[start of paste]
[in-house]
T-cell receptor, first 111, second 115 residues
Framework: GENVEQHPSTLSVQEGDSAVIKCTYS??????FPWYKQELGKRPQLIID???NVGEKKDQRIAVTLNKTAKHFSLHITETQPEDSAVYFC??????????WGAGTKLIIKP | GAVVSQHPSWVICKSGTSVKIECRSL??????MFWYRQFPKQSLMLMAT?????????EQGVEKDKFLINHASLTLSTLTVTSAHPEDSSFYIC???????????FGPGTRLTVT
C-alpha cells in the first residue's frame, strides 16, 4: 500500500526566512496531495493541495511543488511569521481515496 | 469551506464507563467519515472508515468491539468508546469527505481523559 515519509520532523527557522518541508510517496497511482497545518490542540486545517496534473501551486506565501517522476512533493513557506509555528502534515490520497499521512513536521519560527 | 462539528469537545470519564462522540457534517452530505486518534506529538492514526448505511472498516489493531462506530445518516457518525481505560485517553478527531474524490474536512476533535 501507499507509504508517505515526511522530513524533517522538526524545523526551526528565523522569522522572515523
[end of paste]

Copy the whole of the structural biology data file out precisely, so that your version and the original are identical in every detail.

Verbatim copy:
[in-house]
T-cell receptor, first 111, second 115 residues
Framework: GENVEQHPSTLSVQEGDSAVIKCTYS??????FPWYKQELGKRPQLIID???NVGEKKDQRIAVTLNKTAKHFSLHITETQPEDSAVYFC??????????WGAGTKLIIKP | GAVVSQHPSWVICKSGTSVKIECRSL??????MFWYRQFPKQSLMLMAT?????????EQGVEKDKFLINHASLTLSTLTVTSAHPEDSSFYIC???????????FGPGTRLTVT
C-alpha cells in the first residue's frame, strides 16, 4: 500500500526566512496531495493541495511543488511569521481515496 | 469551506464507563467519515472508515468491539468508546469527505481523559 515519509520532523527557522518541508510517496497511482497545518490542540486545517496534473501551486506565501517522476512533493513557506509555528502534515490520497499521512513536521519560527 | 462539528469537545470519564462522540457534517452530505486518534506529538492514526448505511472498516489493531462506530445518516457518525481505560485517553478527531474524490474536512476533535 501507499507509504508517505515526511522530513524533517522538526524545523526551526528565523522569522522572515523